Is this the worse cycle lane in London?

You'll often hear the argument from other cyclists that we should "be grateful for any cycling provision we get" or that cycle lanes that have been campaigned for have been "hard earnt", as if this means we should be silent in accepting them if they are second rate, or worse still dangerous.


Unfortunately, there are many cycle lanes here in central London that are so second rate as to actually pose a danger to cyclists.  Defensive cycling means cycling at least three feet out from the curb, away from the gutters full of dirt and debris, away from the doors of parked cars that might open at any moment, away from the potholes and drains and, most importantly, out in the lane where you can maintain a straight predictable course (instead of weaving back and forth between gaps in parked cars) and where you can be seen by other road users. 


Lambeth bridge cycle lane 2



Lambeth bridge northbound cycle lane 1



If you kept within the boundaries of this cycle lane that I snapped on Lambeth Bridge near the Palace of Westminster you would be riding less than half a metre from the curb side - the useable part of the lane (ie the bit not covered in half an inch of raised slippery-when-wet paint or in the gutters) is so narrow you'd be so busy focussing on trying to balance and maintain a straight line within the confines of the lane that you probably wouldn't even notice the lorry ahead of you turning left without signalling....


Cycles lanes like this decrease the road space available to cyclists and, because drivers seem to perceive the painted boundaries of such lanes as some kind of 'magic barrier' are likely to get much closer when passing - this was demonstrated by a report by the Warrington Cycle Campaign  which showed the differences between overtaking space given by vehicles to cyclists on the road and cyclists in designated cycle lanes:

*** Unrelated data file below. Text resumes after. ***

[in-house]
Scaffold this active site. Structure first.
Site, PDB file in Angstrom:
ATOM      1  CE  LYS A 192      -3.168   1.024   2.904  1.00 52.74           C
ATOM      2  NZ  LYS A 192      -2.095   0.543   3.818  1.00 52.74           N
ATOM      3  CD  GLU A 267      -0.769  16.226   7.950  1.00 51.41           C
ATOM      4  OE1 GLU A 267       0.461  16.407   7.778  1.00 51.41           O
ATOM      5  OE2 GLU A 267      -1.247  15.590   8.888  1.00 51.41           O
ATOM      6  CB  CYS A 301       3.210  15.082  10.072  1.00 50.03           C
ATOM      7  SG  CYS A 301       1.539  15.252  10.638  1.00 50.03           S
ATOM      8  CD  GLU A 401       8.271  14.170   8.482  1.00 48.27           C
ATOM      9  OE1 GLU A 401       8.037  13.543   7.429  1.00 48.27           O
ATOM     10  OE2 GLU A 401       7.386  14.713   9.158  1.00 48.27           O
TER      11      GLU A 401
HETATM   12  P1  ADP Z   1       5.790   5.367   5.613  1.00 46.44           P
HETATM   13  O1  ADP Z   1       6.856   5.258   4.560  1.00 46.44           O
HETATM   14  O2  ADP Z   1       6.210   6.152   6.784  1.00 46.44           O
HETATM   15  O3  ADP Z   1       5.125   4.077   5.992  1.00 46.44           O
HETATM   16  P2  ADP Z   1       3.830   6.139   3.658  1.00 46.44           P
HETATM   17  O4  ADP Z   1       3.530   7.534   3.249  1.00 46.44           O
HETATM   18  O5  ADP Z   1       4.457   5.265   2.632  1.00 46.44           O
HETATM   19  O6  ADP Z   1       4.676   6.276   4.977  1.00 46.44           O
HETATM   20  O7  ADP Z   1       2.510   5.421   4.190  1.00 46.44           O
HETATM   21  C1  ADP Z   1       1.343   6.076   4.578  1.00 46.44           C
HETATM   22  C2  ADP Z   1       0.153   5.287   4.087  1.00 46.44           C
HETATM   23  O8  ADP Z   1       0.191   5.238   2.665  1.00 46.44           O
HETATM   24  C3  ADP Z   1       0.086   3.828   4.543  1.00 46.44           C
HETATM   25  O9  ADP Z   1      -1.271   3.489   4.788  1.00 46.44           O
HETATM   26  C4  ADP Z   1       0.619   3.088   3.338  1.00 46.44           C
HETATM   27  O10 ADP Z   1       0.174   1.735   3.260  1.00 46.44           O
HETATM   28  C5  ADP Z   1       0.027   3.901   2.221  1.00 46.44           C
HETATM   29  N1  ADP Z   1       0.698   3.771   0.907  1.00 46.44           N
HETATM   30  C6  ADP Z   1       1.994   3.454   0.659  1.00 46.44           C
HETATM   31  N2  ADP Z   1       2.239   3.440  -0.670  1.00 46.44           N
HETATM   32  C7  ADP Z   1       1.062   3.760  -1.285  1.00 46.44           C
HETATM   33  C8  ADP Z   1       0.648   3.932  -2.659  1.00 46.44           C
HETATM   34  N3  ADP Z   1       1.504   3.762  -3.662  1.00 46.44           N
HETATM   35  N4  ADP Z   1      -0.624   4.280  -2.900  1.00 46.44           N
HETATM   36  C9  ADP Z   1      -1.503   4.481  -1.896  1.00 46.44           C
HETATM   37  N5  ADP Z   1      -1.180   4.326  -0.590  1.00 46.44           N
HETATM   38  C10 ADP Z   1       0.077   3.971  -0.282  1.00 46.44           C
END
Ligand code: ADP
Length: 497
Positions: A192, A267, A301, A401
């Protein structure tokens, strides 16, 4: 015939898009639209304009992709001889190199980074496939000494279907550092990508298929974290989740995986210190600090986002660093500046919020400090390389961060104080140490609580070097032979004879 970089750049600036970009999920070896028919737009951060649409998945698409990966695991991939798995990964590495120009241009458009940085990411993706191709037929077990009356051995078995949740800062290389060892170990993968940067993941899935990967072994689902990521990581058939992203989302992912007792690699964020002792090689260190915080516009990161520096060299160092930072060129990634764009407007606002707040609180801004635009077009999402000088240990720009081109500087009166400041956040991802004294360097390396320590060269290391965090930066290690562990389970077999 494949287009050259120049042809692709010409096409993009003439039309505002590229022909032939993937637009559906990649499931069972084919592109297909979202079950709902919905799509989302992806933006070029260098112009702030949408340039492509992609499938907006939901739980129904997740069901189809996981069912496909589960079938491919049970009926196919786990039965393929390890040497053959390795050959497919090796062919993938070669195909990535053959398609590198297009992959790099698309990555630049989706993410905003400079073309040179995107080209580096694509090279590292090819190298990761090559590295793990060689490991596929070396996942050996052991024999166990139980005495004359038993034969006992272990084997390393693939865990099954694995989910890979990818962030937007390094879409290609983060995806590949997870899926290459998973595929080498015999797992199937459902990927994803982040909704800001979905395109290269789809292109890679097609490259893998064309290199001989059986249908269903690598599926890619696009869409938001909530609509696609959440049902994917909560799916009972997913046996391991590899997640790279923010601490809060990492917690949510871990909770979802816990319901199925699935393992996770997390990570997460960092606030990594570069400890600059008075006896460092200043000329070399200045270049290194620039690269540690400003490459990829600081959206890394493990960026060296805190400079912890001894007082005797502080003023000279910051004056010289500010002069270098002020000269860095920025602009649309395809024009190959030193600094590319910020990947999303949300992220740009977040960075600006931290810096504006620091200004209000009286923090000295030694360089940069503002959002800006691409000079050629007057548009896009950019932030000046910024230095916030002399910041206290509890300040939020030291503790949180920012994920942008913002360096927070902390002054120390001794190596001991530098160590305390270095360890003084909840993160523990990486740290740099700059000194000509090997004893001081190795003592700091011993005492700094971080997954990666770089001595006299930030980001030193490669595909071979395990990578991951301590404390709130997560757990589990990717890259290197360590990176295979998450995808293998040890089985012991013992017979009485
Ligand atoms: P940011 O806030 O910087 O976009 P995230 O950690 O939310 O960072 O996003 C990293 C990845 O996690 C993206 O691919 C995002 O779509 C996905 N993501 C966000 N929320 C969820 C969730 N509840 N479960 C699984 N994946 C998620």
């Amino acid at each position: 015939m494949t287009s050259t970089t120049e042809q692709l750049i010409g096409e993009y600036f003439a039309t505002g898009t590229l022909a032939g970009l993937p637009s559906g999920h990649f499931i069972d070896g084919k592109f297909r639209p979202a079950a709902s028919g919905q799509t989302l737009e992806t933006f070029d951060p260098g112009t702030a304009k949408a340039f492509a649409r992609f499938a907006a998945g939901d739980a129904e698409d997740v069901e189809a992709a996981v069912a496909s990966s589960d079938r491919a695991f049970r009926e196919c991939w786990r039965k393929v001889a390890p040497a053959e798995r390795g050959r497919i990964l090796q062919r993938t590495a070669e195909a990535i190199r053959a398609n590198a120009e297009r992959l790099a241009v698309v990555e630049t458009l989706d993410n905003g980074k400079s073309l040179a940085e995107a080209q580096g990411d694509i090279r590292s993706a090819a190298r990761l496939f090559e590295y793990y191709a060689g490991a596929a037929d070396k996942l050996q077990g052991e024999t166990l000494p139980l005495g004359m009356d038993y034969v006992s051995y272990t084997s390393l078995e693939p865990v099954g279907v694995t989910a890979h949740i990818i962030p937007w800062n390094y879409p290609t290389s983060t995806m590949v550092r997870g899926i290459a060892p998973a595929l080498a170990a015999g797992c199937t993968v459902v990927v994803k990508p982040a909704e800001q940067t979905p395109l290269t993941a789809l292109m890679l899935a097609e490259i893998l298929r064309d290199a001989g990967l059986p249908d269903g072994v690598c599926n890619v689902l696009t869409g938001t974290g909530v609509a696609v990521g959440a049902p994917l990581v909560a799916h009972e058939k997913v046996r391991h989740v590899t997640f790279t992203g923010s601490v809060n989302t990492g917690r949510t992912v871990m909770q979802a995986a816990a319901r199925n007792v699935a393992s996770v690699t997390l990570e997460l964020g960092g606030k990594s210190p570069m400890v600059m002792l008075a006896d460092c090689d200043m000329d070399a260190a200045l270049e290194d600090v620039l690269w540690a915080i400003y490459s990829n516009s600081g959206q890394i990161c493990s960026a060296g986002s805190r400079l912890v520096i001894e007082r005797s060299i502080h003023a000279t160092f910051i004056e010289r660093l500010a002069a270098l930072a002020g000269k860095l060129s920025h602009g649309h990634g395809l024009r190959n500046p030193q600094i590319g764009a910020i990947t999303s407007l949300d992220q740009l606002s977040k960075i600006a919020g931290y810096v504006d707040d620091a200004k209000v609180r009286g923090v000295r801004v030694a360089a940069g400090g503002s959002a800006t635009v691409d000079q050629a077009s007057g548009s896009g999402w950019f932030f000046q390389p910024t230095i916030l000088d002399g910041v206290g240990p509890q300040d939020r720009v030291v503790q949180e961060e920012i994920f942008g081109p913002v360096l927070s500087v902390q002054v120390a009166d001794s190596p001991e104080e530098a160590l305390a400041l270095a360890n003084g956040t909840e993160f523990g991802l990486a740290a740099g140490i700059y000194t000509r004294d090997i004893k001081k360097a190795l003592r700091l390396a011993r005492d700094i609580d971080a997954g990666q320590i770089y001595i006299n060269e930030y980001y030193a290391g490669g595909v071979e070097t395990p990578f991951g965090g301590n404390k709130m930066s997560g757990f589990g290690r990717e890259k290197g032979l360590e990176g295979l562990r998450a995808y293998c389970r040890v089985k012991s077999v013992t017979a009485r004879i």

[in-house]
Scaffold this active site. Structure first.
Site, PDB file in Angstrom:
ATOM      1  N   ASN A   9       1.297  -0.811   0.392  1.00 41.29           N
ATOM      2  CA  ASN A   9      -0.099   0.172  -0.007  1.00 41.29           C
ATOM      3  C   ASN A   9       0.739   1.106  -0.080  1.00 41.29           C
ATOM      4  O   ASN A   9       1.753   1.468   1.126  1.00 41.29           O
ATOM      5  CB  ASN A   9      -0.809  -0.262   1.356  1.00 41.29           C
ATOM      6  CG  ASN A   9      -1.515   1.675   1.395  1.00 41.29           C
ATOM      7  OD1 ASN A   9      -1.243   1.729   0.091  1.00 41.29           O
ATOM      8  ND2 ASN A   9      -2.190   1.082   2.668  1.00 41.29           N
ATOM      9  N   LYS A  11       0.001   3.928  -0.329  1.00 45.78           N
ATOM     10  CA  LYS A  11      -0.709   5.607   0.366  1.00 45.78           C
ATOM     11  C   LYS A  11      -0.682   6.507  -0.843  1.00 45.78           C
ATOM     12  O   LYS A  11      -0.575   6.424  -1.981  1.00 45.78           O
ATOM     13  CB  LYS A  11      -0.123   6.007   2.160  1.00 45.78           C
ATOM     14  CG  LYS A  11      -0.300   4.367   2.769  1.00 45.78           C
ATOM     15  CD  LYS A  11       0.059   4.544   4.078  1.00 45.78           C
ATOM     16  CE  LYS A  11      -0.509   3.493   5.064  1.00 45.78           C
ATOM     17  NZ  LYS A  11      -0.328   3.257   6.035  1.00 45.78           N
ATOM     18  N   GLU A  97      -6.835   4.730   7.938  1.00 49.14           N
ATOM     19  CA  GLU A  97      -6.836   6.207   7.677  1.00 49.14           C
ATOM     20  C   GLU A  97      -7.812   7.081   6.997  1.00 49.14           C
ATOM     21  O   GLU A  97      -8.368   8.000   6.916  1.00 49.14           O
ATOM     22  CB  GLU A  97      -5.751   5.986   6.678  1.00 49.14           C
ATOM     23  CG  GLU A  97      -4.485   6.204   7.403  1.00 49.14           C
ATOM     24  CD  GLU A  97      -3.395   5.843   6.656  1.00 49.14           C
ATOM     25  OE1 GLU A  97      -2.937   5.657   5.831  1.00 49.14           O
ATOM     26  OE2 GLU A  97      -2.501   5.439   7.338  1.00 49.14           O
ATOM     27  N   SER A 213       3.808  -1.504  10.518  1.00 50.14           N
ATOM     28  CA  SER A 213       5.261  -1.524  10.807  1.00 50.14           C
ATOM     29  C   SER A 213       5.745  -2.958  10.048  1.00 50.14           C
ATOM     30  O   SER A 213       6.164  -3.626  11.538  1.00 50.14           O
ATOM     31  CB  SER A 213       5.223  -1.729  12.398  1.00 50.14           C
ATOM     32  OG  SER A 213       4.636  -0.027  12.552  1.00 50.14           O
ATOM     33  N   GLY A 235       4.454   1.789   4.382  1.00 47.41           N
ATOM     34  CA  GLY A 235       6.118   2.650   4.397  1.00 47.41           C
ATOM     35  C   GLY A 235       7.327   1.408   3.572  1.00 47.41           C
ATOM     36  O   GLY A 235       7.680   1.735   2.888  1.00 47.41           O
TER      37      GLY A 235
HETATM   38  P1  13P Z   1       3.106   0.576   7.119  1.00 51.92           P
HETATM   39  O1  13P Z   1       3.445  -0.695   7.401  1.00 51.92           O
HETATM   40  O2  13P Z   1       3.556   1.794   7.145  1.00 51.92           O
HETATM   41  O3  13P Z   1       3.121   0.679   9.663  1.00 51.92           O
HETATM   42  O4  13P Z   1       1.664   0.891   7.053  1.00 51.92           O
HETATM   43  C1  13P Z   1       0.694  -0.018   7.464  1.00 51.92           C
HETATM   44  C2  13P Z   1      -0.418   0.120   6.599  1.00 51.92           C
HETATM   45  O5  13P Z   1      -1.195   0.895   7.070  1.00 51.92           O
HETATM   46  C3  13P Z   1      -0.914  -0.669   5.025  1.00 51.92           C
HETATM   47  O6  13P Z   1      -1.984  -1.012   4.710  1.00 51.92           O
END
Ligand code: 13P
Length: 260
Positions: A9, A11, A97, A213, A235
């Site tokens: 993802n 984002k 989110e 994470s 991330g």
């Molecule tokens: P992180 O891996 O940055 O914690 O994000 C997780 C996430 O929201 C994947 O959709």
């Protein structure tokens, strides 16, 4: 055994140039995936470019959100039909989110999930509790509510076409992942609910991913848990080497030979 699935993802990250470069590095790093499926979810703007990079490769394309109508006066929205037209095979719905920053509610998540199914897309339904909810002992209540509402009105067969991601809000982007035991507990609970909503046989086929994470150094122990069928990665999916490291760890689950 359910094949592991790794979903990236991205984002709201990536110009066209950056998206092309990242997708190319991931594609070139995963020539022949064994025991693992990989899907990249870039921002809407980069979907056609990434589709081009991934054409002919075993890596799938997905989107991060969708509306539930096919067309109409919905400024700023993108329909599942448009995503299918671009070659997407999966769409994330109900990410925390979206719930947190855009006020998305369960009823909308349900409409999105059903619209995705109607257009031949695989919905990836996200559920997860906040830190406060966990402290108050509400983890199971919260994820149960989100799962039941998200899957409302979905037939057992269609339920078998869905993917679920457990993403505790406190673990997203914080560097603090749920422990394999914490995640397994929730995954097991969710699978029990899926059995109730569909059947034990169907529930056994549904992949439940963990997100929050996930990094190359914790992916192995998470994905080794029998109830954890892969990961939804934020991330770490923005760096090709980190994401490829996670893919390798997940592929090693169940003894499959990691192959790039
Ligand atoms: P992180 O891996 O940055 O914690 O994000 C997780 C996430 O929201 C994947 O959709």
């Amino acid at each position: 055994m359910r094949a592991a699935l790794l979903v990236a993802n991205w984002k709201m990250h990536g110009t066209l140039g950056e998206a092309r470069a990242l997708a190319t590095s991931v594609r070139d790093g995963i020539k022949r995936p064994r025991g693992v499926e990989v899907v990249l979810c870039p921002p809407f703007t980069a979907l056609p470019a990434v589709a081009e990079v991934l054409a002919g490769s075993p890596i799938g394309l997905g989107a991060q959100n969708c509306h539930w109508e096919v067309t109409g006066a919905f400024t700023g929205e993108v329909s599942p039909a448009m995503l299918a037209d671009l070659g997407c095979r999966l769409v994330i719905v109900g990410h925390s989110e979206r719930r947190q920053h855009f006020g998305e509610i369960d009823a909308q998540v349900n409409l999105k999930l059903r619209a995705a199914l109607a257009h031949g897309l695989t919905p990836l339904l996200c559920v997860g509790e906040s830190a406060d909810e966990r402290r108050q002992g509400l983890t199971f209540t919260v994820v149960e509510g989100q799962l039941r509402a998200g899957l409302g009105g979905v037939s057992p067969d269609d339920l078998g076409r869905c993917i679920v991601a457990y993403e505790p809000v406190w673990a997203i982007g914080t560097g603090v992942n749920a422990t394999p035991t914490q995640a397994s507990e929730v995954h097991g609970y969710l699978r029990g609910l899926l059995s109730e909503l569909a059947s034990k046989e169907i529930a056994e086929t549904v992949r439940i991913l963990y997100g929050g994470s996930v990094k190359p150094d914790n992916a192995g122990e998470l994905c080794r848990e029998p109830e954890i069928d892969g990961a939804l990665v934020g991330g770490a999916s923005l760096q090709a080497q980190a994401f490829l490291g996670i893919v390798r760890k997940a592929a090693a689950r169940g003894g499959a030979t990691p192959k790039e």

And when cyclists are wise enough to protect themselves by choosing not to use poorly designed cycling infrastructure, they are accused by motor users of not 'getting out of the way' and using the lanes provided (at great expense no doubt!).  This only increases the animosity sometimes evident between cyclists and other road users.


Regardless of the statistical truth, cycling is perceived as being a dangerous activity in central London.  Whilst more and more people are realising how easy, safe and convenient cycling really is, and the numbers of cyclists are growing year on year, we are a long way off from 'convincing the masses' to get astride their bikes.  If there is to be a shift-change towards achieving mass cycling rates (such as in the Netherlands or Denmark where certain urban areas are currently working towards achieving 50% of modal share of journeys by bicycle) there needs to be perceptibly safe and well-designed cycling infrastructure provided.  Our present Mayor is exceptional at marketing cycling in a positive and encouraging way that makes cycling out to be everyday and ordinary, which is great, but the marketing spin has to be backed up with well maintained, well designed and good quality infrastructure to boot.  If you don't think your Mum or Gran would feel safe using the facility provided (such as the Lambeth Bridge cycle lane) then it isn't good enough, and if you don't think your Mum and your Gran would feel safe cycling in the traffic there either then something else, a third way in terms of cycling facilities, needs to be found for London...